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2600 Analysis and Mechanism(s) of Hemophilia a Pain in Factor VIII Knockout Mice

Program: Oral and Poster Abstracts
Session: 321. Coagulation and Fibrinolysis: Basic and Translational: Poster II
Hematology Disease Topics & Pathways:
Research, Fundamental Science, Bleeding and Clotting, artificial intelligence (AI), hemophilia, Translational Research, Diseases, Technology and Procedures, pathogenesis, Animal model, Pathology
Sunday, December 10, 2023, 6:00 PM-8:00 PM

Raghda T Fouda, MD/PhD1*, Donovan Alexander Argueta, PhD1, Natalie Garcia1*, Yugal Goel, PhD1*, Graham J Velasco2*, Kendall O'Daniel1*, Kristen Peterson1* and Kalpna Gupta, PhD1,3

1Hematology/Oncology Division, Department of Medicine, University of California, Irvine, CA
2Pathology Department, VA Long Beach Healthcare System, Long Beach, Long Beach, CA
3Department of Medicine, Division of Hematology, Oncology and Transplantation, University of Minnesota, Minneapolis, MN

Hemophilia A (HA) is characterized by spontaneous bleeding and pain. To understand mechanisms underlying HA pain, we developed models of chronic & acute pain in FVIII knock-out (F8KO; B6;129S-F8tm1Kaz/J) male mice using innovative translatable measures to assess pain-related behaviors & gait. We tested for: [i] mechanical hyperalgesia using von-Frey monofilaments; [ii] physical activity using weight-bearing with incapacitance meter and video recordings of free moving mice for locomotion (walking/running), grooming (licking/rubbing body) & rearing (standing); and [iii] gait analysis during normal walking using in-house assembled MouseWalker with high-speed camera & artificial intelligence (AI)-based algorithms.

We observed significant increase in behavioral features of pain starting at ~8wks which continues to 20wks in F8KO Vs age matched B6 (p<0.05), including mechanical hyperalgesia, weight-bearing asymmetry, less time in locomotion, rearing & grooming. Gait analysis of ~10wks F8KO showed lowered all-stance, increased body instability, single-swing & posterior extreme position indices to compensate for body instability. This suggests that joint pain may interfere with weight-bearing & locomotion in F8KO, consistent with joint pain, and affect daily activities such as walking in HA patients.

To simulate bleeding-induced “acute” pain, we gently inserted 30 G needle into sub patellar position of right hind leg of ~6wks old, anesthetized mice. F8KO showed significantly (p<0.05) reduced locomotion, rearing, grooming, %weight applied and increased mechanical sensitivity on injured limb at 4 days post-injury (4D PI) Vs uninjured (UI) F8KO lasting to 4wks PI for most of behavioral parameters suggesting that nociceptive inputs are induced at injury and pain persists after healing.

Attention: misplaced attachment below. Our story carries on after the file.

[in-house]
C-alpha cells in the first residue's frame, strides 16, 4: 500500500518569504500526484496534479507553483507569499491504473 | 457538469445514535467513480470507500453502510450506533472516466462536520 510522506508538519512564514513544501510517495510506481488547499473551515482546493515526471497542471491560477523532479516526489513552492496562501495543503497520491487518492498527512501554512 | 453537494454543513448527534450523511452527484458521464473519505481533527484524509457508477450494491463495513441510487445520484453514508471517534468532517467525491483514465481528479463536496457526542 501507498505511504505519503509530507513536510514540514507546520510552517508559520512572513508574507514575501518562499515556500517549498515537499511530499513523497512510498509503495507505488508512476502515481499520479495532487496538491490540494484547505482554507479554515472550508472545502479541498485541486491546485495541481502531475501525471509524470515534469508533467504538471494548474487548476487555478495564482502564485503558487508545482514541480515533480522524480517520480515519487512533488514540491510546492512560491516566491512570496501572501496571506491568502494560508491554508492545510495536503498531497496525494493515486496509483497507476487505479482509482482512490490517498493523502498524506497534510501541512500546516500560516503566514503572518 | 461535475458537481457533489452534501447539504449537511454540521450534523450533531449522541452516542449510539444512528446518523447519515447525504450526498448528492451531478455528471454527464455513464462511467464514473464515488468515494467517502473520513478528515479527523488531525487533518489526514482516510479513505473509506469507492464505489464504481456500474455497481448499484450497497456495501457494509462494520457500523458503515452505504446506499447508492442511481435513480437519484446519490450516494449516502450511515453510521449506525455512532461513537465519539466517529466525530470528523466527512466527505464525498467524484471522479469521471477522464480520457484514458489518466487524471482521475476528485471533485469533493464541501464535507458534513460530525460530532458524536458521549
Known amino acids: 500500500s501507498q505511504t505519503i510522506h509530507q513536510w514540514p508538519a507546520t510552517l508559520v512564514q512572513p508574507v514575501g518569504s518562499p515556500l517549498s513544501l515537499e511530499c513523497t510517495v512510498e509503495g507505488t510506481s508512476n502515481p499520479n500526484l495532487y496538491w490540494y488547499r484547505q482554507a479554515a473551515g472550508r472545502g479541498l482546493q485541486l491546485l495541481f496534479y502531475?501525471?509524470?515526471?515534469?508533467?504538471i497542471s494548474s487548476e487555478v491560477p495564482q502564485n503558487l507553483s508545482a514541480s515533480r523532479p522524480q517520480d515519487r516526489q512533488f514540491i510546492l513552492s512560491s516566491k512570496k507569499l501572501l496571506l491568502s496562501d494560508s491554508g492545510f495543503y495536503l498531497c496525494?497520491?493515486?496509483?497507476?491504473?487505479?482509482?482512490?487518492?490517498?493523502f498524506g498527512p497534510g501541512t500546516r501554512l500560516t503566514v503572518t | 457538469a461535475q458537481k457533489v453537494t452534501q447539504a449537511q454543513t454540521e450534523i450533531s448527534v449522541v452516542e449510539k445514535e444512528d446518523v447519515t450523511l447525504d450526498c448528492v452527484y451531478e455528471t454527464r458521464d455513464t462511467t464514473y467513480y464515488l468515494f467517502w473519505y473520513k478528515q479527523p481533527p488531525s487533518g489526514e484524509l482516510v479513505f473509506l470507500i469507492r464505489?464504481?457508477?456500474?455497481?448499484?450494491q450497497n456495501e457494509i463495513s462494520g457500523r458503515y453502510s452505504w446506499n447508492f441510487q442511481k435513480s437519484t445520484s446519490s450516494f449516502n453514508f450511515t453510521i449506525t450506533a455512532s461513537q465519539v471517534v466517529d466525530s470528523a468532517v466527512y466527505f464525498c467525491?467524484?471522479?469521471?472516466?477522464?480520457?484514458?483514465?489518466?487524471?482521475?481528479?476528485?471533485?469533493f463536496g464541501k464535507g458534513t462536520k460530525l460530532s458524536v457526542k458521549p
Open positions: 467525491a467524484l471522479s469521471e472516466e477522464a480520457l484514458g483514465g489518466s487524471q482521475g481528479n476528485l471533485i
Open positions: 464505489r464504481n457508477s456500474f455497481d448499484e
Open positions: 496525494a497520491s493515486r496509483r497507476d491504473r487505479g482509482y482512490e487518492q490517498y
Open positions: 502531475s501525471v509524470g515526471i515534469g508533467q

We observed significant spatiotemporal gait alterations in F8KO PI Vs UI (p<0.05 for all features), including reduced stance duration, step length, swing speed and increased swing duration in the injured right hind limb (IRHL) indicative of avoidance of weight bearing on IRHL. To compensate, UI left hind limb (LHL) showed increased stance & reduced swing duration on LHL & left front limb (LFL). These data suggest that F8KO tends to spend shorter ground time on IRHL and longer airtime, compensated by UI LHL & LFL. These observations are complementary to those of mice with sciatic nerve injury & arthritis and patients with rheumatoid arthritis, ankylosing spondylitis, and gout. We observed significant (<0.05) alterations in interlimb coordination with decreased diagonal swing & compensation with increased bound swing, the simultaneous motion of both FLs. A significant increase in all stance index could be compared to increased double support phase & stance phase in patients with HA.

F8KO 4D PI showed significant (p<0.05) increase in plasma serum amyloid P & IL6 Vs UI F8KO & injured B6 (IB6). Knee joint at 4D PI Vs UI F8KO & IB6, showed expansion of synovial membrane with increased cellular infiltrate & significant (p<0.05) increase in myeloperoxidase, neutrophil elastase +ve cells, degranulating mast cells, calcitonin gene related peptide (CGRP) and substance P (SP). H&E and iron-stained sections of the knee joint ~8wks PI showed significant signs of hemarthropathy (p<0.05) Vs UI F8KO & I B6. Interestingly, at ~14wks UI knee joint of F8KO showed significant stromal changes Vs UI B6 demonstrated by increased vasculature, iron stores & mild synovial hyperplasia, indicative of subclinical bleeding that could trigger the transition to chronic pain with age.

The underlying mechanisms involve inflammation, mast cell and neutrophil activation, and vascular changes, perhaps triggered by bleeding. Mast cell tryptase & neutrophil elastase activate protease-activated receptor 2, which may cause nociceptor and endothelial activation, leading to vascular dysfunction and pain. SP and CGRP stimulate vascular permeability and arteriolar dilatation, respectively, and are involved in the generation and maintenance of pain. Thus, neuro-immune and neuro-vascular mechanisms underlie HA pain and may interfere with healing. We show features of pain, gait & weight bearing changes in F8KO mice similar to those of HA patients. Sensory and gait tests used by us have the potential to develop objective measures of pain in HA. Gait changes in F8KO mice precede joint arthropathy, thus may be an early assessment tool in patients with HA.

Disclosures: Argueta: Cyclerion: Honoraria; Cayenne Wellness Centers.: Honoraria.

*signifies non-member of ASH